Carol Mossa Photographer
Coming of age in Bristol, Connecticut in the 1960s, teaching and nursing were advanced as the two primary choices for career-minded young women. I became a high school English teacher, later a newspaper columnist and eventually, an author of two books of informational non-fiction.
I had been an art minor in college, studying art history, painting in watercolors and dabbling in film and darkroom techniques. While these pursuits deeply engaged me, I was not brought up believing art was a serious occupational option.
In the late 1990s, my youngest daughter became a nationally-ranked equestrian, competitively showing her string of ponies. To quiet my anxiety, as she guided her ponies over series of jumps, I began taking candid photographs of her and the other riders at our barn. Fast forward to a line of greeting cards, two solo cross-country road trips, publication of my third book, Linger Longer: Lessons from a Contemplative Life, and photography began to take up more of my time and commitment.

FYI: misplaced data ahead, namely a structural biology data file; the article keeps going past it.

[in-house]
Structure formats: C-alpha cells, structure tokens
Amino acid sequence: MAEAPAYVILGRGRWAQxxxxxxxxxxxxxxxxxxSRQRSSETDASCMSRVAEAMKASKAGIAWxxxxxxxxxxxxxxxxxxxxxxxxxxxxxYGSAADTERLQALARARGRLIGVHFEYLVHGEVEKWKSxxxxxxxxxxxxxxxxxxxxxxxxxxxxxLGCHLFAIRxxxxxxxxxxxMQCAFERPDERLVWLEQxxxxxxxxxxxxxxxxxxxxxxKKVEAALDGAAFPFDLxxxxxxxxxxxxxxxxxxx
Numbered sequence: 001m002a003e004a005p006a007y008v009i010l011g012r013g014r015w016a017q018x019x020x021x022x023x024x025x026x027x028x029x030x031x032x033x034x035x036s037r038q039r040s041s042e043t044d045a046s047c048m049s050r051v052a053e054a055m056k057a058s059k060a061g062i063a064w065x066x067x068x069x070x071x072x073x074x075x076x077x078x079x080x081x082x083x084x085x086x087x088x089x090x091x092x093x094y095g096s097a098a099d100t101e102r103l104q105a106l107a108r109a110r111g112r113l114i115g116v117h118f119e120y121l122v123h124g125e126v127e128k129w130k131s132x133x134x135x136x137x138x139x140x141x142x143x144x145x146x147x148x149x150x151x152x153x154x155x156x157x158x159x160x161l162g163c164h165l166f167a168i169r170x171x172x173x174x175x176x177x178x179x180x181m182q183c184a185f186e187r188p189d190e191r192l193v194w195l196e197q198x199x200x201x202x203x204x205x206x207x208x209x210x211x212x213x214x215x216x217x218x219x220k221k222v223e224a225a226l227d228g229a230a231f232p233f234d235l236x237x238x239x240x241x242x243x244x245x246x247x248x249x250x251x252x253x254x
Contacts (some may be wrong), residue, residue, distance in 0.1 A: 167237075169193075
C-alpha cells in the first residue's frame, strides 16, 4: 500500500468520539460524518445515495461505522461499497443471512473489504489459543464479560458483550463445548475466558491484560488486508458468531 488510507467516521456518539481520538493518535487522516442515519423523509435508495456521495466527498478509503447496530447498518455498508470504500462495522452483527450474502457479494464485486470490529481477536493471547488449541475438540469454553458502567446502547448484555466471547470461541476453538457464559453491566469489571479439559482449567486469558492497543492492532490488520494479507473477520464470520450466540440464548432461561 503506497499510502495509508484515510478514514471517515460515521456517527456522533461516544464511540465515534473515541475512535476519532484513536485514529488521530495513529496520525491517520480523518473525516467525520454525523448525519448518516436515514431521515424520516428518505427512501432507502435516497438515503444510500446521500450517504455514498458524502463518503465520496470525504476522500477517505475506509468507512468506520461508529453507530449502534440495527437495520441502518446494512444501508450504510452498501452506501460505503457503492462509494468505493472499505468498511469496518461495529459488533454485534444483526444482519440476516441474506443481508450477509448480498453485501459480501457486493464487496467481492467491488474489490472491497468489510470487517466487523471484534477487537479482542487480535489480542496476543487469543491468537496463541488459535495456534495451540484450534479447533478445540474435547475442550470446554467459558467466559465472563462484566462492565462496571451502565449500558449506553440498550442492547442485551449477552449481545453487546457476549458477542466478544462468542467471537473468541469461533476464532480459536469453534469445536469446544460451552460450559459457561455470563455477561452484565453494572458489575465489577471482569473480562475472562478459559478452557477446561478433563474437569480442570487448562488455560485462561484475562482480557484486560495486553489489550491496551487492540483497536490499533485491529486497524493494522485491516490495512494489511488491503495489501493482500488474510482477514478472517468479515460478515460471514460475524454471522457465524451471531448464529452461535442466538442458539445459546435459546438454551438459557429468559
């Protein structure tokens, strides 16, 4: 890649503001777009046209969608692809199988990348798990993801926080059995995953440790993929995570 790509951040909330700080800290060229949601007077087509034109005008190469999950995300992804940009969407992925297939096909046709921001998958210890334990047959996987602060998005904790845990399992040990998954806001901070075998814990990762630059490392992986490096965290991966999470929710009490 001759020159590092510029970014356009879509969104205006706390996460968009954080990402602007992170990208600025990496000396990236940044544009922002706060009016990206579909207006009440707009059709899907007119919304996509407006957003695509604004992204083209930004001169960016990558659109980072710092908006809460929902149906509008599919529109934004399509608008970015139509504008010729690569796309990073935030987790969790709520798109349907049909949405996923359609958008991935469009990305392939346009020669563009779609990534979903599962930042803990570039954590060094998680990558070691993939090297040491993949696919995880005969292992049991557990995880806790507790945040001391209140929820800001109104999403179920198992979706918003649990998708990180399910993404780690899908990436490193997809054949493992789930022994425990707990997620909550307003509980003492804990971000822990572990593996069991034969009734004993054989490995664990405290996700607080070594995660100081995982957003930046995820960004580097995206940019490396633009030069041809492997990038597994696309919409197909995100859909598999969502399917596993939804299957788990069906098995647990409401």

In 2017, I discovered a group of regional photographers who traveled around the world photographing abandoned buildings, and, like magic, my love of and passion for urbex photography—urban exploration—was born.
I have had access to countless abandoned schools, hospitals, nightclubs, asylums, farmhouses, churches, barns, and junkyards.
Each time I enter these haloed spaces, I am deeply moved by their ruin and their beauty. I hope you will take a moment to honor the individuals who lived and even perished in some of these buildings.